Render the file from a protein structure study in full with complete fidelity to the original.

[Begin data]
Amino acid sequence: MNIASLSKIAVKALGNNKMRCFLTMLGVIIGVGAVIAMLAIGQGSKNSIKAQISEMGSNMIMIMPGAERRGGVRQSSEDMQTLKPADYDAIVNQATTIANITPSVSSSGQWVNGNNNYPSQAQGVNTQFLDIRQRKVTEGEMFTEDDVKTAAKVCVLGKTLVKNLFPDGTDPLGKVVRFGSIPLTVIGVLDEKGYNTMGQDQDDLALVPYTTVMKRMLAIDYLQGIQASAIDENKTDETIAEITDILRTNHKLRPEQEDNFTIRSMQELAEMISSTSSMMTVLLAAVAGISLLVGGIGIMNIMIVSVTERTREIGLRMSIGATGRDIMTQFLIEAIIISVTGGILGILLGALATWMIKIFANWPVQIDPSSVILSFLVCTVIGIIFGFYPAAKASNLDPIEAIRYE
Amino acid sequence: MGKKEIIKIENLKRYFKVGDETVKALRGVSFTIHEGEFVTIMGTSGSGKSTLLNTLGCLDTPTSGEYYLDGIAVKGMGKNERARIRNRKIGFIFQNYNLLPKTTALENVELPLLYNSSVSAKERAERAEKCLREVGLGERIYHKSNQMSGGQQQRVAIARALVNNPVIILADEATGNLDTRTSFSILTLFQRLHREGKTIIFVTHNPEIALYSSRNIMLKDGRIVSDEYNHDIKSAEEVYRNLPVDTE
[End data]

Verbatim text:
Amino acid sequence: MNIASLSKIAVKALGNNKMRCFLTMLGVIIGVGAVIAMLAIGQGSKNSIKAQISEMGSNMIMIMPGAERRGGVRQSSEDMQTLKPADYDAIVNQATTIANITPSVSSSGQWVNGNNNYPSQAQGVNTQFLDIRQRKVTEGEMFTEDDVKTAAKVCVLGKTLVKNLFPDGTDPLGKVVRFGSIPLTVIGVLDEKGYNTMGQDQDDLALVPYTTVMKRMLAIDYLQGIQASAIDENKTDETIAEITDILRTNHKLRPEQEDNFTIRSMQELAEMISSTSSMMTVLLAAVAGISLLVGGIGIMNIMIVSVTERTREIGLRMSIGATGRDIMTQFLIEAIIISVTGGILGILLGALATWMIKIFANWPVQIDPSSVILSFLVCTVIGIIFGFYPAAKASNLDPIEAIRYE
Amino acid sequence: MGKKEIIKIENLKRYFKVGDETVKALRGVSFTIHEGEFVTIMGTSGSGKSTLLNTLGCLDTPTSGEYYLDGIAVKGMGKNERARIRNRKIGFIFQNYNLLPKTTALENVELPLLYNSSVSAKERAERAEKCLREVGLGERIYHKSNQMSGGQQQRVAIARALVNNPVIILADEATGNLDTRTSFSILTLFQRLHREGKTIIFVTHNPEIALYSSRNIMLKDGRIVSDEYNHDIKSAEEVYRNLPVDTE